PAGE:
As a rule of thumb, it’s a good idea to arrive at least two hours early. You don’t want to miss the pre-event ceremonies because you’re stuck in traffic, trying to find a place to park, or standing in line waiting to get inside. Remember this is a bucket list event. Make the most of it by getting there early so you can experience the tailgating scene and soak up the energy from the crowds as anticipation of the big event builds.
5. Be respectful of opponents fans
Good-natured ribbing between competing fan bases is part of the fun of attending a major sporting event. But things can easily escalate from teasing, to taunting, to provoking, to fighting, particularly among die-hard fans in varying states of sobriety. Represent your team and fan base by staying classy and exercising restraint. Don’t risk getting ejected from the venue or thrown in jail because you got in a fight.
6. Make purchases outside the venue
Food and souvenir prices are notoriously high inside sporting venues. You will almost always save more money and eat better food outside the venue. I’ve found tailgaters to be among the friendliest people in the world. Compliment them on the smell of whatever they are cooking and you’ll likely get an invitation to join them for a bite.
The best deals for souvenirs can be found from venders outside the venue, after the event. They don’t like having to pack up and carry inventory home and they are much more willing to bargain. This is particularly true if the T-shirt or souvenir has a date or year on it. They know they won’t be able to sell it because it will be obsolete before the fans get out of the parking lot. By holding off on purchasing souvenirs until after the event, you’ll have the added benefit of not having to keep up with them during the event.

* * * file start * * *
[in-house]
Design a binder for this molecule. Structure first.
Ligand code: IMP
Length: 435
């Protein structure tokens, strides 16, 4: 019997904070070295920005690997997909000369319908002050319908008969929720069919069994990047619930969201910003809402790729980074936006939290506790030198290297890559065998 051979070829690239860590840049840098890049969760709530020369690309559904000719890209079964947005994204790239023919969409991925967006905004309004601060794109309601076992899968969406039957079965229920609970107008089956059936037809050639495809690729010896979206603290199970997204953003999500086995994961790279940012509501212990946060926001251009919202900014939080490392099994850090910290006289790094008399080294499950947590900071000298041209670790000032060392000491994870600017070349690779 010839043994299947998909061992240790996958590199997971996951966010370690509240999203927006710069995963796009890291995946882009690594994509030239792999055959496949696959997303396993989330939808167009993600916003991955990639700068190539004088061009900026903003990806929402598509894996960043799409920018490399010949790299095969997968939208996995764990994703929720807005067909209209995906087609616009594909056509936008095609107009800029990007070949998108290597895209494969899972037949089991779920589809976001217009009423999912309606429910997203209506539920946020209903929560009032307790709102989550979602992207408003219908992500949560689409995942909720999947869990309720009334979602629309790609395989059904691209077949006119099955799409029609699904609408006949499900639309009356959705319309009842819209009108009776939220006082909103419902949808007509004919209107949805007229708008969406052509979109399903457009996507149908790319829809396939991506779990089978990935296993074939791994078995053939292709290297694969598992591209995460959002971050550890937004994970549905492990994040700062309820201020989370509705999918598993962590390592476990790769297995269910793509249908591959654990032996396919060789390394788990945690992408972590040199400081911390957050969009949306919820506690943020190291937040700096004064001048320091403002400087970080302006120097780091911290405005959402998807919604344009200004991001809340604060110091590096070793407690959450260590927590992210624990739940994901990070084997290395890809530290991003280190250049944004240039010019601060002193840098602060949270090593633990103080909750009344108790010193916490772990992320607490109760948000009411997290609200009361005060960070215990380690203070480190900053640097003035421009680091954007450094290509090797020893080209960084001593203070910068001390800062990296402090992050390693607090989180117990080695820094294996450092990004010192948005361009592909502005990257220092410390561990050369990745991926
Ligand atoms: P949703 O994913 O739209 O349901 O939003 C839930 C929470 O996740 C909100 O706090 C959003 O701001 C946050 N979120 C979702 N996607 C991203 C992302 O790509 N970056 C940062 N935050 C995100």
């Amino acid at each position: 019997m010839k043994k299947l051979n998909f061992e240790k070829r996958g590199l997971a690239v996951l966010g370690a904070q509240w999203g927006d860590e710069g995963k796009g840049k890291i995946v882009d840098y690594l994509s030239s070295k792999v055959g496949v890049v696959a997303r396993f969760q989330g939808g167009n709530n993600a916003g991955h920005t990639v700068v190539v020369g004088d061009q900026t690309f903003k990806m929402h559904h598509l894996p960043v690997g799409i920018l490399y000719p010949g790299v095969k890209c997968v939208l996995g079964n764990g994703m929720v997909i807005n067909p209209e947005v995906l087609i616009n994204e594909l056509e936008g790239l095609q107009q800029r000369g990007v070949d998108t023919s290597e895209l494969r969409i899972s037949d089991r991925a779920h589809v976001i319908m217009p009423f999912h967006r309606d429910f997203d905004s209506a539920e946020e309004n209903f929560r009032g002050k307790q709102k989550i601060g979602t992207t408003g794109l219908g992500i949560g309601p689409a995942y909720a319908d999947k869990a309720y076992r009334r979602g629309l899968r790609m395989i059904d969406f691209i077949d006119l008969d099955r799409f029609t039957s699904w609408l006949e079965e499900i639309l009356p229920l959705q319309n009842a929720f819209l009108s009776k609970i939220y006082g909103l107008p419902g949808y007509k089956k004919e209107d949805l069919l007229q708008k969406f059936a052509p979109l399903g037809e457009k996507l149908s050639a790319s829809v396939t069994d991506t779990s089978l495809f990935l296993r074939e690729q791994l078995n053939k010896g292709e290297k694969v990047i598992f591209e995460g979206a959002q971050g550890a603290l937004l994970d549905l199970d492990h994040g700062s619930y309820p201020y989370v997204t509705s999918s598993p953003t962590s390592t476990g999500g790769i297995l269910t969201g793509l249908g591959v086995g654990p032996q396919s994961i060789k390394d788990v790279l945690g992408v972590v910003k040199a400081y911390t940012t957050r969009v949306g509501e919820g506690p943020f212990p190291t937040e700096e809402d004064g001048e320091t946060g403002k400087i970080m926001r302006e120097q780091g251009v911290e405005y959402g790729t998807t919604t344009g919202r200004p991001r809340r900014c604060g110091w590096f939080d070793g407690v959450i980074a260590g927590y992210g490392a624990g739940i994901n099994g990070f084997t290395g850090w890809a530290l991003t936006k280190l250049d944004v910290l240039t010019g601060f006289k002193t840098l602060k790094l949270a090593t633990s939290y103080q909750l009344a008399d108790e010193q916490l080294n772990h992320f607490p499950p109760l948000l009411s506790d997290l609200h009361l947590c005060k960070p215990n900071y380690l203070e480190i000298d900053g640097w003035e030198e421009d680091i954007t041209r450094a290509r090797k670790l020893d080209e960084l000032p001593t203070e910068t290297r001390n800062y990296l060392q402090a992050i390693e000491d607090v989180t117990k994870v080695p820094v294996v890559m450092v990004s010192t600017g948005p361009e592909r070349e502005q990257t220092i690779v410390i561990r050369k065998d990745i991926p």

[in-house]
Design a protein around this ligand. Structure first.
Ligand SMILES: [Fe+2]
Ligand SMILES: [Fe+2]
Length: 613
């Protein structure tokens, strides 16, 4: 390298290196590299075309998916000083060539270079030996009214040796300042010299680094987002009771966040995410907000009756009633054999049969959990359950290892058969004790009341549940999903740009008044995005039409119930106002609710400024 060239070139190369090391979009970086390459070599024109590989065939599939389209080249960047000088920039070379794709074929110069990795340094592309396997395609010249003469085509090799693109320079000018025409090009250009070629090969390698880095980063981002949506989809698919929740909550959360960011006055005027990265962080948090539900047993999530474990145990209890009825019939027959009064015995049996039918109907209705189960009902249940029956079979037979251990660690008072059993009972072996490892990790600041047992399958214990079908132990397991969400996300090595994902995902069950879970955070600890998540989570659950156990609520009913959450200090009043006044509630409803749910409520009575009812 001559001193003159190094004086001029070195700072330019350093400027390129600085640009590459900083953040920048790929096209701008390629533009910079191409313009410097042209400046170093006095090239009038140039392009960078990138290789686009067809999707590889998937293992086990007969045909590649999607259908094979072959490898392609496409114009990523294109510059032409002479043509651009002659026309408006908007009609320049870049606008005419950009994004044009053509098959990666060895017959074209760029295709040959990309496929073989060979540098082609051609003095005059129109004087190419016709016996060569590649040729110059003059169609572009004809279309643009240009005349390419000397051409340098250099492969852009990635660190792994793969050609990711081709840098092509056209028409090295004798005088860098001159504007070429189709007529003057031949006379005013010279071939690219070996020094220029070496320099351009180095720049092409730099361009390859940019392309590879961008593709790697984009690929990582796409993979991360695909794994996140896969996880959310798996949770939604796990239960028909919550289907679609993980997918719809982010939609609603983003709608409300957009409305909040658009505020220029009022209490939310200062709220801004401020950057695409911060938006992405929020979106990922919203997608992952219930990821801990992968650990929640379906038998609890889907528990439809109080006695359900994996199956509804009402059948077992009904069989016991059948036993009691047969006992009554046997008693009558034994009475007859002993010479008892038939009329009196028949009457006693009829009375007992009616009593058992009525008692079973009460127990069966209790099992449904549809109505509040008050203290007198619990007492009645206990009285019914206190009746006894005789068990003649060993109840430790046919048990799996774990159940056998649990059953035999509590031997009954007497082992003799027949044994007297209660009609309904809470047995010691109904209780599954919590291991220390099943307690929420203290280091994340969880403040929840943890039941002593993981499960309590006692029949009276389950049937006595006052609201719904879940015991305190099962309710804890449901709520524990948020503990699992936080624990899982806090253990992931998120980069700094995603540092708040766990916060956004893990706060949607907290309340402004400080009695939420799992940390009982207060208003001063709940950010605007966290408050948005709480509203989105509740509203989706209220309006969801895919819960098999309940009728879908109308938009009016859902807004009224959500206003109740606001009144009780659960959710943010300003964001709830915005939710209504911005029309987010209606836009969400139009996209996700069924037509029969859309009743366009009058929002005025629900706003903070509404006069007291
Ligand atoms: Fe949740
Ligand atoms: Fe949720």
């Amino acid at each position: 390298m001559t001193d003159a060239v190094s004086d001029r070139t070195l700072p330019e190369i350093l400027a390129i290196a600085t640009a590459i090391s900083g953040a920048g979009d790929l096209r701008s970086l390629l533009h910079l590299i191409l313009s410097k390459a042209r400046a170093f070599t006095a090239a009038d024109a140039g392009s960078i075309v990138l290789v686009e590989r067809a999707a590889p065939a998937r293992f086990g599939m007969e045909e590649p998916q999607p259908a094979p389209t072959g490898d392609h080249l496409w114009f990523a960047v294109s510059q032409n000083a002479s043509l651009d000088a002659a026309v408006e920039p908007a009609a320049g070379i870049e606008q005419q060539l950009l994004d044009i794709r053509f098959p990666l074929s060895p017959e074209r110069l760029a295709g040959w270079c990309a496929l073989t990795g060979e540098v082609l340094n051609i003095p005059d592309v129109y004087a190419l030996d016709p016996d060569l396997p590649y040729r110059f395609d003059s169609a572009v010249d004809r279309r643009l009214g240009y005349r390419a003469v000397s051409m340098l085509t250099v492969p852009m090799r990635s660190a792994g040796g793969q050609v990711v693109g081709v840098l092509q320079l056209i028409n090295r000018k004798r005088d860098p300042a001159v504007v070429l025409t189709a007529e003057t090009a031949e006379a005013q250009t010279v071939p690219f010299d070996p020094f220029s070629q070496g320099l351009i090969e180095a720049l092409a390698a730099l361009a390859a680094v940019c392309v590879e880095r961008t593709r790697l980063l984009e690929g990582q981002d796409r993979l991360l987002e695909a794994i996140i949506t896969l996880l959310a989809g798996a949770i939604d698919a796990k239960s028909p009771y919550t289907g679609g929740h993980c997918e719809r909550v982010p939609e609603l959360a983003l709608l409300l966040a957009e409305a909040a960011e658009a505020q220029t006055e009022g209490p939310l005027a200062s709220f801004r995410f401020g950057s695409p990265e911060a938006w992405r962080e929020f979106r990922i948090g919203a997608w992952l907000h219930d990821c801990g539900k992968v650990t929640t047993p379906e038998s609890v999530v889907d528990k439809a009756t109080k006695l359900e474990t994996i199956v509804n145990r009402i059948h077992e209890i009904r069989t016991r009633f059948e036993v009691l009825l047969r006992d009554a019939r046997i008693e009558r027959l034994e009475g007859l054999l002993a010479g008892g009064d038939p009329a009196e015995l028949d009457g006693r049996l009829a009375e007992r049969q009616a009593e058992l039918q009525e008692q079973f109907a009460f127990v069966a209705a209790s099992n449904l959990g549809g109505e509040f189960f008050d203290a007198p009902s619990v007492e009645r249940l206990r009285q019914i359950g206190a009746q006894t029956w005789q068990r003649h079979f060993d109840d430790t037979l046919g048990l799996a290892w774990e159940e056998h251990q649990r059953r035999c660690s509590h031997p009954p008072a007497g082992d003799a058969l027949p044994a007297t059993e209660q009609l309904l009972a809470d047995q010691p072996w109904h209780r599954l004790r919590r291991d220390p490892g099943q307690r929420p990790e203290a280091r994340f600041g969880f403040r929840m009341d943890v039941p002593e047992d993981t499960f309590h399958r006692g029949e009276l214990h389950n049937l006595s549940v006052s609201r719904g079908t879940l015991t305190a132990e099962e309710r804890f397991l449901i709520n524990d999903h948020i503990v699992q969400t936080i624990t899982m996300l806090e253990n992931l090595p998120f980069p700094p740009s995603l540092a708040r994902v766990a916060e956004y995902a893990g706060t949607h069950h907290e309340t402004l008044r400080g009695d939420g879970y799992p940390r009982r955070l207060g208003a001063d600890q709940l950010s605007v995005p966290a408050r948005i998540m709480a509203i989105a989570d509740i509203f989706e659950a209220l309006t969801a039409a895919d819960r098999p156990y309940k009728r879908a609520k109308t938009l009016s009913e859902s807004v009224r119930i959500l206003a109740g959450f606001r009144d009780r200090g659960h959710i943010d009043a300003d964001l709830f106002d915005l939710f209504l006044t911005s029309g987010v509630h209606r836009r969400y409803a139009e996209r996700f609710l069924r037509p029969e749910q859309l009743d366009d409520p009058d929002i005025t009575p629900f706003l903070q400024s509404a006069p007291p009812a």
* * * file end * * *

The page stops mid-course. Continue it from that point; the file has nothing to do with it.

7. Plan your potty breaks
Waiting for halftime to go to the restroom is a bad idea. You will have to wait in an extremely long line. You will run the risk of missing a game-changing play when the event resumes because you’re having to ask the person in the next stall for some toilet paper. Worse yet, you will run the risk of having an accident in your pants. The best time to go to the restroom is during a commercial time-out, before half-time, or other official break in the action. Your other option would be to wear adult diapers to the event and not worry about it.
8. Bring a charging device for your smartphone
With the right apps, your smartphone is the best tool for making the most of your trip. Social media apps like Facebook, Instagram, and Twitter are great for sharing photos of your adventure with your friends. You can find nearby places to eat and read reviews with Yelp and TripAdvisor. TripIt is great for keeping your itinerary organized. Google Maps will help keep you from getting lost. And the Expedia app offers great deals and big savings when you bundle your airfare, hotel, and rental car. While apps can enhance your trip and help preserve your memories, they do tend to drain your phone’s battery so bringing a portable, battery powered charging device is essential.
Which major sporting events are on your bucket list?